Paolini thinks Clearwire, comparatively, is doing well with its proprietary pre-WiMax. Instead of worrying about having a nationwide, roamable network, Clearwire moves from market to market, installs what it needs to compete with the cable and DSL operators, and simply tries to provide something the others can’t. “It’s a tough challenge, but there is unhappiness with the incumbents, and they [Clearwire] can probably exploit that to their benefit,” she says. As long as each market gives them a share of the broadband pie, Paolini suggests, they can stay ahead — and new distribution deal with satellite TV providers DirecTV and EchoStar may give it some extra push with residences as well.
She’s also a fan of the business model for Towerstream, which focuses on a niche of businesses with its own fixed-only, pre-WiMax equipment. “You won’t see Towerstream capture 20 or 30% of all T1 connections anywhere, but it works,” says Paolini. What’s more, she points out, the company was profitable years ago, long before its latest move: it merged last year with a calendar company out of Canada called University Girls Calendar Ltd! (complete with exclamation point), and used its status on the NASDAC OTC Bulletin Board to go public. Its stock fell after opening — but not as much as Clearwire’s did after its own IPO; GigaOm calls Clearwire stock a “prime speculative play” going on a “bumpy ride – a long, bumpy ride.”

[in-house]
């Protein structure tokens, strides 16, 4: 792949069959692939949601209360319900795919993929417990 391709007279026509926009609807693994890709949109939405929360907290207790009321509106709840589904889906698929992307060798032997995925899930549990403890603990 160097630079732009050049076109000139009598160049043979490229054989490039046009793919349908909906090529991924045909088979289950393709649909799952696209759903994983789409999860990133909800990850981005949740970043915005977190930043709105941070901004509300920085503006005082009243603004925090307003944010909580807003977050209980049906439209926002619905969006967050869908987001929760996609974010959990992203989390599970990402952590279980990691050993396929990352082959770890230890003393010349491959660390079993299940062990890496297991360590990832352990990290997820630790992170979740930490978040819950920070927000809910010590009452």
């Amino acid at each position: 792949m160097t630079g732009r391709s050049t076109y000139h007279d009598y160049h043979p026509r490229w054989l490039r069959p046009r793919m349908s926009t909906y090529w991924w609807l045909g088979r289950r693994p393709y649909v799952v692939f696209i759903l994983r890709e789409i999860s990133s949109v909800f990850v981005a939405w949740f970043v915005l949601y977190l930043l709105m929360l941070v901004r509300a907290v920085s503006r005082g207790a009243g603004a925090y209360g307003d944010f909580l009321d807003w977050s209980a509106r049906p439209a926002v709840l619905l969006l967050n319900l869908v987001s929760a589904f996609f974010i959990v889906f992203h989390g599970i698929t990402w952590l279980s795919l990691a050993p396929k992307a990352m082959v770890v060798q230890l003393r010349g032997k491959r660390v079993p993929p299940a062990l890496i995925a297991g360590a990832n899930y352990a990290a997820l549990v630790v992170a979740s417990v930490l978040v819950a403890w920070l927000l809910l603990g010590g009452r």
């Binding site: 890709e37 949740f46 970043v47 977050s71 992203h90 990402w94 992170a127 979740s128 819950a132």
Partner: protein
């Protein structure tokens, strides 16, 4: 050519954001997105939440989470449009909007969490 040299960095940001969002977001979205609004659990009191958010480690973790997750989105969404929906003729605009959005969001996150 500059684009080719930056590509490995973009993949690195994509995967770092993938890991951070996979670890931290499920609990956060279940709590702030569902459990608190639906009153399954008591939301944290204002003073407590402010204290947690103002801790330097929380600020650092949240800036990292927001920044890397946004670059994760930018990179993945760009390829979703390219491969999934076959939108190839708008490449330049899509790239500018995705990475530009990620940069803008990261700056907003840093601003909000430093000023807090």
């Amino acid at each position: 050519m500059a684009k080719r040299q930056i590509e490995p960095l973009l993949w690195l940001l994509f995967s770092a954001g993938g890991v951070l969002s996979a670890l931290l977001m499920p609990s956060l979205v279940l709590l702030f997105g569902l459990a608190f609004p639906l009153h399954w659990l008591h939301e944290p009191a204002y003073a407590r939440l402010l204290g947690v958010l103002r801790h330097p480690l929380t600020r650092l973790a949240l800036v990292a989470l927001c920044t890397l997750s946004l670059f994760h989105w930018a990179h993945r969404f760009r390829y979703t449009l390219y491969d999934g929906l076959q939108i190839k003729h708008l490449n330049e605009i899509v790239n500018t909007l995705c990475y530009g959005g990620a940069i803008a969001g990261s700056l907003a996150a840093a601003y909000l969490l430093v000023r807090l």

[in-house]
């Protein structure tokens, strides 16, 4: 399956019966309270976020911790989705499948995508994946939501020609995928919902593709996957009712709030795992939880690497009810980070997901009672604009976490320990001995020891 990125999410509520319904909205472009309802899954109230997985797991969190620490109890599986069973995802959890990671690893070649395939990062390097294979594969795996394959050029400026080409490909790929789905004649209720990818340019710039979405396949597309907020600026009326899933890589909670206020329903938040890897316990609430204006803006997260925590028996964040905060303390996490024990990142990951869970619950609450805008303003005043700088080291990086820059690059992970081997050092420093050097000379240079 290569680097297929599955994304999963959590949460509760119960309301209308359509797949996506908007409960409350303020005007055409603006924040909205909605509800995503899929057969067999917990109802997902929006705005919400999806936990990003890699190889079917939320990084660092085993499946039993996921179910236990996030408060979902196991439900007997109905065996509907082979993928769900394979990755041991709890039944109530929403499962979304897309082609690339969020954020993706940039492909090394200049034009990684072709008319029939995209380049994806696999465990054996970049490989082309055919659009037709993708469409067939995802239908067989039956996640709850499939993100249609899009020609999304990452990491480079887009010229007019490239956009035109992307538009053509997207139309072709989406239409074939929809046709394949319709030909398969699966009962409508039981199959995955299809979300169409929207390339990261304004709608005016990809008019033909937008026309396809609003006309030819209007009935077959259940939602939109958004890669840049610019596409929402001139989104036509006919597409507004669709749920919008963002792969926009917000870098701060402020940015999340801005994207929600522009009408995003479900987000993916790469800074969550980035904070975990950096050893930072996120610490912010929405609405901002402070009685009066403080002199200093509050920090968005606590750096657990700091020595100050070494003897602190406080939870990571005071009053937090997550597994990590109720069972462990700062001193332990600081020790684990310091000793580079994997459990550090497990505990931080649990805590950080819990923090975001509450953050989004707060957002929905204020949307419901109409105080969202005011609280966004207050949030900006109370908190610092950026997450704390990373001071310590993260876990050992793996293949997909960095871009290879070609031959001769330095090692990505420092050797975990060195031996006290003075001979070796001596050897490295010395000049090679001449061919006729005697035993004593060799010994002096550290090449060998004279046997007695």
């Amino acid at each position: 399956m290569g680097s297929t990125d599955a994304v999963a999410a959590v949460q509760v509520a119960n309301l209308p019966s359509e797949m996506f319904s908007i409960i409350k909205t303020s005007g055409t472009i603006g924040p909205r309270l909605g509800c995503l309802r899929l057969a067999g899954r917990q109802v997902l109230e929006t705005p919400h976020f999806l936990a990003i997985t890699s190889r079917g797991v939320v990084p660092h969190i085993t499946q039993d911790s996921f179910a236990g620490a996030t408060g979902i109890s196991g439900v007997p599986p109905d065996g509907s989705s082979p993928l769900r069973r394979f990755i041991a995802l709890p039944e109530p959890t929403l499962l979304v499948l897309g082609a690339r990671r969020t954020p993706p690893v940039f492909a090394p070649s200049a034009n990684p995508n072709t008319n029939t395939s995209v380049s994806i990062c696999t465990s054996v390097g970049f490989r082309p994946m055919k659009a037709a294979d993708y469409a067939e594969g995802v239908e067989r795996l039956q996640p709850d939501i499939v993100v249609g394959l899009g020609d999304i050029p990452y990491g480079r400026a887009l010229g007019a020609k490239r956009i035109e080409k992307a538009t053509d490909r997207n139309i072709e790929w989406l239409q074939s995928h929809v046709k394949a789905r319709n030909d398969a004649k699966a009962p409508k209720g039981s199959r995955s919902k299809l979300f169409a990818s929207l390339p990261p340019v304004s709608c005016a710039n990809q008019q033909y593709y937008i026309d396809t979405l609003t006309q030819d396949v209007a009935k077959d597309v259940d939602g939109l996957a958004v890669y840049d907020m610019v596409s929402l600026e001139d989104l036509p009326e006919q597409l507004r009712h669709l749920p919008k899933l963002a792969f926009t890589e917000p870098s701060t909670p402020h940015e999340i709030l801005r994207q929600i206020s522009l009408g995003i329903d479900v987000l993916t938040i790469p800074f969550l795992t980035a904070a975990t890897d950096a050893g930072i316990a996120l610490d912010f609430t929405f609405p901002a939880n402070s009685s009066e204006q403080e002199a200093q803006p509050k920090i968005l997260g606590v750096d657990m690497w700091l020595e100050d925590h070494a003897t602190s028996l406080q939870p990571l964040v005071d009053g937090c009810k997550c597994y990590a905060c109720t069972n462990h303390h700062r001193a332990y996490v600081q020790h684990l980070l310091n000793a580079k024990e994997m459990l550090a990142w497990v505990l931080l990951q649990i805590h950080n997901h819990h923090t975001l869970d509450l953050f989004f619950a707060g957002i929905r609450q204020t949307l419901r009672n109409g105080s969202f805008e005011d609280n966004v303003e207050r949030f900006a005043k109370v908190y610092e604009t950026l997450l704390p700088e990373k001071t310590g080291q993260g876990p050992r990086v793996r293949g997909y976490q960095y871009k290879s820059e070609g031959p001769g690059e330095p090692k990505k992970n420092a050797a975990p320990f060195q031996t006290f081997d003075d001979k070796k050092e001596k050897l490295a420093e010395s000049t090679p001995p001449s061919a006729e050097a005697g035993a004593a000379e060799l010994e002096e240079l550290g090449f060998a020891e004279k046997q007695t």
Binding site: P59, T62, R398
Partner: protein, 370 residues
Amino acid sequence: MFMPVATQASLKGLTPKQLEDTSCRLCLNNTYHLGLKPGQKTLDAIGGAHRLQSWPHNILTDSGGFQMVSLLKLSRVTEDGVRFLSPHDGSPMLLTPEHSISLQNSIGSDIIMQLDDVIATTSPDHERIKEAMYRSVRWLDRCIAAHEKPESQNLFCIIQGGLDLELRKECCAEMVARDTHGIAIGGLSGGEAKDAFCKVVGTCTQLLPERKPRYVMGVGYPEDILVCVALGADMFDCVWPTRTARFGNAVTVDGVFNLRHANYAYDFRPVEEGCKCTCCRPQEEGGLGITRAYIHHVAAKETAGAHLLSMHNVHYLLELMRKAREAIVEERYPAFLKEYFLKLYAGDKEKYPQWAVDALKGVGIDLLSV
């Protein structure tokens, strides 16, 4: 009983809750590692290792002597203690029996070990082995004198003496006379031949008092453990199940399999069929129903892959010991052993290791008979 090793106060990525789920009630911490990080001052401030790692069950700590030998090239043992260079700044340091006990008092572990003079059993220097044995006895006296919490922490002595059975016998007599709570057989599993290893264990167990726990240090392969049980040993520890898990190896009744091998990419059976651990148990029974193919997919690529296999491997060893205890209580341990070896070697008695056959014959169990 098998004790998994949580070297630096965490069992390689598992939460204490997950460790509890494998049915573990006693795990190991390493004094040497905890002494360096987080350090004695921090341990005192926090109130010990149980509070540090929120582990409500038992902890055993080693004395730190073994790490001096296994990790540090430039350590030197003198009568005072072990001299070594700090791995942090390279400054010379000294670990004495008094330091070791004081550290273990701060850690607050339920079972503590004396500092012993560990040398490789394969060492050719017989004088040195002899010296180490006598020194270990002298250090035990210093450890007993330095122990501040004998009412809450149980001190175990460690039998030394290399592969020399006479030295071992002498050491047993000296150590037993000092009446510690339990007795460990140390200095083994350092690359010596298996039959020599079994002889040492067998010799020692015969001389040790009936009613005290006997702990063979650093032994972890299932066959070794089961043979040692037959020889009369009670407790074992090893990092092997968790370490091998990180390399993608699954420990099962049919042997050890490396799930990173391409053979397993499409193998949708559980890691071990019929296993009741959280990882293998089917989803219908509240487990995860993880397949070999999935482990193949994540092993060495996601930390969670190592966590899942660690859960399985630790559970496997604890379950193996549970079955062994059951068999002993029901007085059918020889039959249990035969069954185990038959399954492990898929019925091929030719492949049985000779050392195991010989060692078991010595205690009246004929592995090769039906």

The Towerstream offering was for a modest $40 million. It needs the money to continue expanding. Yesterday, Towerstream announced plans to expand its service in the San Francisco Bay Area to include Oakland, California. “They don’t have to cover a whole city, just because it’s a big city,” says Paolini. “That gives them flexibility.” Towerstream’s current markets include New York City, Los Angeles, Chicago, Boston, Seattle, Miami, and Providence & Newport, Rhode Island.
So is WiMax/wireless broadband a guaranteed success if the providers can get the capital to build? Not necessarily. In fact, Paolini believes what the industry really needs to take off is a killer app. Not a phone – what we have today is fine – and not a bulky (or even svelte) laptop. “Consumer electronics, gaming devices, media players, etc. … that’s the market 3G infrastructure can’t serve well,” she says. “They need capacity.”
That’s true for both developed and developing countries: it’s got to be mobile. Paolini’s speculations on the perfect product to prod the industry sound a lot like the One Laptop per Per Child program and its competitors, but admits she’s not the product person. “A lot of vendors,” she chides, “how can I say… they’re not pursuing this as aggressively as they should.”
Even without a killer app for WiMax, the speculation will continue. Paolini likes the idea of Sprint and Clearwire teaming up in the future, as it would cut expenses for both – Clearwire wouldn’t have to market its offering as much, for instance, with the Sprint name behind it. The resulting lack of market overlap would also be nice, meaning national coverage might come all the sooner. “What we’ll see,” Paolini speculates, “is WiMax will be synonymous with Sprint and Clearwire together,” not just one or the other.